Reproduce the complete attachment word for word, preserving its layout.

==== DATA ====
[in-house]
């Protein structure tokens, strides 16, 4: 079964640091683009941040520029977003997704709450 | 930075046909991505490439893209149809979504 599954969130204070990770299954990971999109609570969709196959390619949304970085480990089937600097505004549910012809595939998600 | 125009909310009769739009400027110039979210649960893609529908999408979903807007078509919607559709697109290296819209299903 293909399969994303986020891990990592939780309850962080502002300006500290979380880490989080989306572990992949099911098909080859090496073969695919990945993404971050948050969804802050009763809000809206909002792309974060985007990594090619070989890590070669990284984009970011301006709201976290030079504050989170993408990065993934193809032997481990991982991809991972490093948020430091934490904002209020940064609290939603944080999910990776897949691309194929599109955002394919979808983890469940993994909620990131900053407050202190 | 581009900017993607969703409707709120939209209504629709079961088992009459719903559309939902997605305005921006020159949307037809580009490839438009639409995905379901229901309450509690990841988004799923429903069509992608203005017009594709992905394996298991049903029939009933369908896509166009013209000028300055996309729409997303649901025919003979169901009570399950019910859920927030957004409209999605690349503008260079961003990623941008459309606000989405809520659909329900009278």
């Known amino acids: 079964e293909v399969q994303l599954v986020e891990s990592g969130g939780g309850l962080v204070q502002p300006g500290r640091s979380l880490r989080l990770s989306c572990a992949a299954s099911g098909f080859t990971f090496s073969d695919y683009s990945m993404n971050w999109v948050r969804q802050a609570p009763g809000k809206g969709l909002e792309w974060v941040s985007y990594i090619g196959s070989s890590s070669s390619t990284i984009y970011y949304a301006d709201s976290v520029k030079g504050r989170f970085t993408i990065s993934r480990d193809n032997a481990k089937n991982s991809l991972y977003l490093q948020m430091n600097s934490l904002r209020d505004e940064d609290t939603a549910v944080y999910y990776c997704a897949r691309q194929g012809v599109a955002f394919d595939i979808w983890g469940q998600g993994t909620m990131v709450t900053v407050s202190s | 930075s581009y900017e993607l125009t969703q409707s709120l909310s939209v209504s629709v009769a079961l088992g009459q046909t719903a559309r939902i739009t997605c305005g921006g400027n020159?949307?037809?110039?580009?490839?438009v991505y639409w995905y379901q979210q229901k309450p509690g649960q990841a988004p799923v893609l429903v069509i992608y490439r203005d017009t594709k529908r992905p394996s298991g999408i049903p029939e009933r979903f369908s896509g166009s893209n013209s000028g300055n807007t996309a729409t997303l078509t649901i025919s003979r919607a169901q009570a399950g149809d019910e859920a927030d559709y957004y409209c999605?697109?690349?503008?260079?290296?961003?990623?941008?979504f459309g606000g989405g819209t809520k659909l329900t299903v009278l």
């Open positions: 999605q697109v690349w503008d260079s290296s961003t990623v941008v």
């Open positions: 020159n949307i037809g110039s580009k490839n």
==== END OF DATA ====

[in-house]
């Protein structure tokens, strides 16, 4: 079964640091683009941040520029977003997704709450 | 930075046909991505490439893209149809979504 599954969130204070990770299954990971999109609570969709196959390619949304970085480990089937600097505004549910012809595939998600 | 125009909310009769739009400027110039979210649960893609529908999408979903807007078509919607559709697109290296819209299903 293909399969994303986020891990990592939780309850962080502002300006500290979380880490989080989306572990992949099911098909080859090496073969695919990945993404971050948050969804802050009763809000809206909002792309974060985007990594090619070989890590070669990284984009970011301006709201976290030079504050989170993408990065993934193809032997481990991982991809991972490093948020430091934490904002209020940064609290939603944080999910990776897949691309194929599109955002394919979808983890469940993994909620990131900053407050202190 | 581009900017993607969703409707709120939209209504629709079961088992009459719903559309939902997605305005921006020159949307037809580009490839438009639409995905379901229901309450509690990841988004799923429903069509992608203005017009594709992905394996298991049903029939009933369908896509166009013209000028300055996309729409997303649901025919003979169901009570399950019910859920927030957004409209999605690349503008260079961003990623941008459309606000989405809520659909329900009278």
């Known amino acids: 079964e293909v399969q994303l599954v986020e891990s990592g969130g939780g309850l962080v204070q502002p300006g500290r640091s979380l880490r989080l990770s989306c572990a992949a299954s099911g098909f080859t990971f090496s073969d695919y683009s990945m993404n971050w999109v948050r969804q802050a609570p009763g809000k809206g969709l909002e792309w974060v941040s985007y990594i090619g196959s070989s890590s070669s390619t990284i984009y970011y949304a301006d709201s976290v520029k030079g504050r989170f970085t993408i990065s993934r480990d193809n032997a481990k089937n991982s991809l991972y977003l490093q948020m430091n600097s934490l904002r209020d505004e940064d609290t939603a549910v944080y999910y990776c997704a897949r691309q194929g012809v599109a955002f394919d595939i979808w983890g469940q998600g993994t909620m990131v709450t900053v407050s202190s | 930075s581009y900017e993607l125009t969703q409707s709120l909310s939209v209504s629709v009769a079961l088992g009459q046909t719903a559309r939902i739009t997605c305005g921006g400027n020159?949307?037809?110039?580009?490839?438009v991505y639409w995905y379901q979210q229901k309450p509690g649960q990841a988004p799923v893609l429903v069509i992608y490439r203005d017009t594709k529908r992905p394996s298991g999408i049903p029939e009933r979903f369908s896509g166009s893209n013209s000028g300055n807007t996309a729409t997303l078509t649901i025919s003979r919607a169901q009570a399950g149809d019910e859920a927030d559709y957004y409209c999605?697109?690349?503008?260079?290296?961003?990623?941008?979504f459309g606000g989405g819209t809520k659909l329900t299903v009278l």
């Open positions: 999605q697109v690349w503008d260079s290296s961003t990623v941008v």
């Open positions: 020159n949307i037809g110039s580009k490839n």